Myth or fact – can an underwired bra increase your risk of breast cancer?
Rumours regularly abound in the press and social media that wearing a bra, especially an underwired one, causes breast cancer. We examine the truth and look at what the research shows.
Since the ‘90s, articles have occasionally appeared in the media and on social networks claiming that wearing a bra or using an underwired bra is a contributory cause of breast cancer. Amongst other things, they state that women who wear a bra for more than 12 hours a day are at greater risk of developing breast cancer than women who don’t wear one and that underwired bras restrict the circulation and drainage of toxins that the lymphatic system tries to remove. Now and then we receive questions from worried customers, which is why we want to look at what the truth is and refer to current research into the subject.
Research study from 2014
In 2014, Cancer Epidemiology, Biomarkers & Prevention published an American research study ‘Bra Wearing Not Associated with Breast Cancer Risk: A Population-Based Case–Control Study’ that investigated the link between wearing a bra and the risk of breast cancer amongst women. This is the largest study that has been undertaken in the area of bras and breast cancer. In the introduction to the report, the researchers write that they conducted the investigation with media reports in mind that claim that wearing a bra hinders the circulation and drainage of the lymphatic system, thus affecting its ability to remove toxins and waste products.
The study looked at the bra-wearing habits of postmenopausal women between the ages of 55 and 74 throughout their lives. Two groups of women took part in the research: the first was comprised of 1044 women diagnosed with two types of breast cancer (IDC and ILC) and the second a control group of 469 women who neither had nor had been previously diagnosed with cancer.
“No aspect of wearing a bra can be linked to an increased risk of breast cancer.”
The results showed that no aspect of wearing a bra can be linked to an increased risk of breast cancer. This includes amongst others:
• Breast size (cup sizes A, B, C, D or larger).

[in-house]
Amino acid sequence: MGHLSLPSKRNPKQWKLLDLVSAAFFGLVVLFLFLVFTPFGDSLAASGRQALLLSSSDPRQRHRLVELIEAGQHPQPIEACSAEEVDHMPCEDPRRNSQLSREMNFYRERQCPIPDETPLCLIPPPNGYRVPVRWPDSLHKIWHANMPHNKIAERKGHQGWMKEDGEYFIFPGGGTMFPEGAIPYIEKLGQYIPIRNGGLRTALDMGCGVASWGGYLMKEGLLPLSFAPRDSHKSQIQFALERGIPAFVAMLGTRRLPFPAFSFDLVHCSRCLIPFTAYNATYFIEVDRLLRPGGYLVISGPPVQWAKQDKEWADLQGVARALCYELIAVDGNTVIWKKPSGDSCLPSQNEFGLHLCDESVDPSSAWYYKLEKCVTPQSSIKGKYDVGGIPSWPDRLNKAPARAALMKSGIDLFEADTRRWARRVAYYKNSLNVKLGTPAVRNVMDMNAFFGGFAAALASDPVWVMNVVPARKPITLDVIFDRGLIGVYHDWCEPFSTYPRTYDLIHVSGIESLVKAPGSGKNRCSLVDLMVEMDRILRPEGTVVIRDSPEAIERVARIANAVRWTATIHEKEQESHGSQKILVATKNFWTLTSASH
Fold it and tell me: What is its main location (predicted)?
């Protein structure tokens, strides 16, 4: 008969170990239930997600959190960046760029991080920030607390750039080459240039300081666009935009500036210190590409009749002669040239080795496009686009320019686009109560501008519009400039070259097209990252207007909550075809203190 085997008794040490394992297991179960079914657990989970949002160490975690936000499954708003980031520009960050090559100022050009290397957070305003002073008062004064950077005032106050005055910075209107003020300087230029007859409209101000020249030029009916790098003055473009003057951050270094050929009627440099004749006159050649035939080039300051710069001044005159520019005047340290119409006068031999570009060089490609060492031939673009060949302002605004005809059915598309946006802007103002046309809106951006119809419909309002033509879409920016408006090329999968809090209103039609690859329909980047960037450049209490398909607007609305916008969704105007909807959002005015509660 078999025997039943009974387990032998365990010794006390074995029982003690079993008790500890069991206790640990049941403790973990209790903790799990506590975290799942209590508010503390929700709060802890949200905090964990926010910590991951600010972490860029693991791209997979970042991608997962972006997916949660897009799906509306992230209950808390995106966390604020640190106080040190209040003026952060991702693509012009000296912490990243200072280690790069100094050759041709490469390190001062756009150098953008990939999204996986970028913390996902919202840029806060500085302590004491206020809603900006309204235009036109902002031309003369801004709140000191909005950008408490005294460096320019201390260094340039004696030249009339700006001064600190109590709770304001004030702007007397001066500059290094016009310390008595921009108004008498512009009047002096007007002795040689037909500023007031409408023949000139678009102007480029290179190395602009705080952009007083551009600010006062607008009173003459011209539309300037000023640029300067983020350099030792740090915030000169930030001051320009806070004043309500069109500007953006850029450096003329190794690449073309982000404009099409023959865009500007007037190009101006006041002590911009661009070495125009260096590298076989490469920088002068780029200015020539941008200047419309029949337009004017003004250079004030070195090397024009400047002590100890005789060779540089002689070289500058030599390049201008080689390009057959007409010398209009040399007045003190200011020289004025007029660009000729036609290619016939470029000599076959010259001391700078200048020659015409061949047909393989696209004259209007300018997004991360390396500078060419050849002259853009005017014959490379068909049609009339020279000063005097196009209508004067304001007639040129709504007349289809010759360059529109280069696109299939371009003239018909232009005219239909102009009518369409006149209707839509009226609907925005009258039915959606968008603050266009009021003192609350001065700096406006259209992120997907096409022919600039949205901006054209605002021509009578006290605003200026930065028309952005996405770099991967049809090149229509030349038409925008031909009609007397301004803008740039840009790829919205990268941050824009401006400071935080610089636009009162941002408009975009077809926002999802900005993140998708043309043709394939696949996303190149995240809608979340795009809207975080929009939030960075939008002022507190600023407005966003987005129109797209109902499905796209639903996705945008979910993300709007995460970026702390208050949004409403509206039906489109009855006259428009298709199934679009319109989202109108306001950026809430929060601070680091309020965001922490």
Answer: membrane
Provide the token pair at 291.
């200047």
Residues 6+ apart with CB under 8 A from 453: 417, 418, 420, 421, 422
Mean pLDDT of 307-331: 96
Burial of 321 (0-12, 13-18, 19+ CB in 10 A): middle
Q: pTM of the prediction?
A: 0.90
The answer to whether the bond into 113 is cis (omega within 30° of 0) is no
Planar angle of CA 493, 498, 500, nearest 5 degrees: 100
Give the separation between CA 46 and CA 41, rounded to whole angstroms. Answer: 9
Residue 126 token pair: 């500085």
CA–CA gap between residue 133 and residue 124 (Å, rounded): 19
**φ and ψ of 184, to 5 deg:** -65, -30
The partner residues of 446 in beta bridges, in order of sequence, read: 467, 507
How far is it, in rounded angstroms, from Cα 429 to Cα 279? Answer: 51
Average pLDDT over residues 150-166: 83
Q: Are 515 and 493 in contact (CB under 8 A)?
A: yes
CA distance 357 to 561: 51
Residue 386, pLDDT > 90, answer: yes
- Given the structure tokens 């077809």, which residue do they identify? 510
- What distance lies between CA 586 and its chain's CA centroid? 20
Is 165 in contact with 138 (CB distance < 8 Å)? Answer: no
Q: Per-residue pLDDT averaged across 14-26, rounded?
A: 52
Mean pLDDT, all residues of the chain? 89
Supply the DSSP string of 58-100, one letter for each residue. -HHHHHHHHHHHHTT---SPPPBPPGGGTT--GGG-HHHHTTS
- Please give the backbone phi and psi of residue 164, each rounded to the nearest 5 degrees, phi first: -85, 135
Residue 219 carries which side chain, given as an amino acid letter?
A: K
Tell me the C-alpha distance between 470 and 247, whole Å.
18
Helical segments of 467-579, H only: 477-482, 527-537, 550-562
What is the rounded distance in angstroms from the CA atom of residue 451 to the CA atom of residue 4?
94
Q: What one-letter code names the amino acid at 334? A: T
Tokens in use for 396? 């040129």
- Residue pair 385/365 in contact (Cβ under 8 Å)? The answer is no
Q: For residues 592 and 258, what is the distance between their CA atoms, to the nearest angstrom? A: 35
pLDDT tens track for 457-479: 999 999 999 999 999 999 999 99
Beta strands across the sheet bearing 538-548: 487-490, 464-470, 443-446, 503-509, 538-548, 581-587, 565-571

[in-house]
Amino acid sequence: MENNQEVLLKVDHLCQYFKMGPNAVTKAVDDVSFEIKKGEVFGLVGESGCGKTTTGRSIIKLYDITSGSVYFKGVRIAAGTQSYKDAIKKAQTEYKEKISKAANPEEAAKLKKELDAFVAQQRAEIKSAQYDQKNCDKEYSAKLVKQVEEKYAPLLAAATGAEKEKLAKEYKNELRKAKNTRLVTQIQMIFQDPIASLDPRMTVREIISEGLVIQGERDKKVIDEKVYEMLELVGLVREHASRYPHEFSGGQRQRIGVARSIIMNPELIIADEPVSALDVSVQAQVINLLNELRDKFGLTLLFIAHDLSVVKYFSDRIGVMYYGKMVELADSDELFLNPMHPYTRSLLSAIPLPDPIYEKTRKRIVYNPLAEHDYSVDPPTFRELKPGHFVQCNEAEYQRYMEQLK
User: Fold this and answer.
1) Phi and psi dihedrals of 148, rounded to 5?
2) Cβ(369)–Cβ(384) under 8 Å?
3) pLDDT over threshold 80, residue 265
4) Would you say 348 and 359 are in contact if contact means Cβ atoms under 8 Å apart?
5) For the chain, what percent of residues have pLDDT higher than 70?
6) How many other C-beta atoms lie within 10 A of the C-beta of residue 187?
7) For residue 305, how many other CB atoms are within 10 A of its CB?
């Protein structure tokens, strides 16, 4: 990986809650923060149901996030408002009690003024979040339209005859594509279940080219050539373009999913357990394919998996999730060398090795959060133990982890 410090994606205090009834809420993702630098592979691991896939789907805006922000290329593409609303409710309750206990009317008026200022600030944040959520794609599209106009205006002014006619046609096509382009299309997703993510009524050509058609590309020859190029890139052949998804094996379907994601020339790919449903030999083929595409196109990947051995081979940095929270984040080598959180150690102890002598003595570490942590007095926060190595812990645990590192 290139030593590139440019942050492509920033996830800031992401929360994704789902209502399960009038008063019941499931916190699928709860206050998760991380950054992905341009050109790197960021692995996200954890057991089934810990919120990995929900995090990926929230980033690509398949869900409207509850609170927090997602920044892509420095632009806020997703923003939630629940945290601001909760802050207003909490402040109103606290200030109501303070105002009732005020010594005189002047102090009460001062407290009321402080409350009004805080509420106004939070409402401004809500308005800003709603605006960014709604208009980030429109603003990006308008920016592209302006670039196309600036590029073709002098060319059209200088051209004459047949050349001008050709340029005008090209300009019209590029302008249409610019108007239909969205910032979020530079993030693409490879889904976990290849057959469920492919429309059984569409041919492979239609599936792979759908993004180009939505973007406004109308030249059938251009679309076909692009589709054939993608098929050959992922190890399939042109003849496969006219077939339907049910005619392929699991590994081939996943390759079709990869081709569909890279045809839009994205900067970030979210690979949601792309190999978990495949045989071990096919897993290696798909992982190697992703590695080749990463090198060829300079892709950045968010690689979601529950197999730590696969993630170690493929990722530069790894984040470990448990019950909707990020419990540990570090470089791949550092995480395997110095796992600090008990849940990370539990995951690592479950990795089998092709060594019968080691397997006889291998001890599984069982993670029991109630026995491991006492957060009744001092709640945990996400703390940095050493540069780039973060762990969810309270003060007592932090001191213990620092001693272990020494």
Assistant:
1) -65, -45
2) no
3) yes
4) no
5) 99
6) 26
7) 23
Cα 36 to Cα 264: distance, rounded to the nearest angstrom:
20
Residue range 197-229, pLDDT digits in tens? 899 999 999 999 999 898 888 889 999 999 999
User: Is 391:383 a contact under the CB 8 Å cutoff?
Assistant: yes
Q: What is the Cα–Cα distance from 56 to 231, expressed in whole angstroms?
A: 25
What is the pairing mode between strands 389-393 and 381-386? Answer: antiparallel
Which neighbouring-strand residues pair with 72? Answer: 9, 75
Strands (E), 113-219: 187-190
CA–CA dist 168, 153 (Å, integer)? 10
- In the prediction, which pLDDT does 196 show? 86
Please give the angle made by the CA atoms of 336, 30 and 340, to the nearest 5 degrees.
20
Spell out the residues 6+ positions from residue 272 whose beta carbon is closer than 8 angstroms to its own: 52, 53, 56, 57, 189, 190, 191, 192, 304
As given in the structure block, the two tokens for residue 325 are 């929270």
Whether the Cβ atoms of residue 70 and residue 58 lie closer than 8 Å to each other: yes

• Average number of hours during the day that you wear a bra.
• Wearing an underwired bra.
• The age you first start wearing a bra (12 or younger, 13-15, 15 or older).
None of the factors cause an increased risk of breast cancer.
Previous studies in the area
In the conclusion of the report, the researchers write that their results support the conclusions of a previous research study from 1991, published in the European Journal of Cancer and Oncology. This prior study was also conducted with postmenopausal women, although the participants were only classified according to whether or not they wore a bra. The study didn’t account for the types of bras (underwired/non-wired) the women wore or the number of hours a day for which they wore them.
The study did take cup size into account, and the researchers state that women who don’t wear bras are at half the risk of developing breast cancer compared with those who do. However, this is because the women who didn’t wear bras were slimmer and had smaller breasts. Amongst the women who wore bras, it was those with larger breasts who had a higher risk of breast cancer, but according to the study this was due to them being severely overweight, not that they wore a bra per se. So, you can safely continue to wear whichever bra you prefer.
If you feel unsure or worried about your risk of developing breast cancer, or if you have breast cancer, contact a doctor or other specialist. It is good to know what increases or decreases the risk of breast cancer, there are many influencing factors, but whether or not you wear are bra has no impact.
However, we think it’s important that you wear the right size bra for the sake of your comfort. If you’re unsure which size is right for you, check out our size guide or contact our customer service team, and they’ll help you to figure out your bra size.
Lu Chen, Kathleen E. Malone, and Christopher I. Li. ‘Bra Wearing Not Associated with Breast Cancer Risk: A Population-Based Case–Control Study.’ Cancer Epidemiology, Biomarkers & Prevention, September 2014, Volume 23 Number 10. Read the research article here
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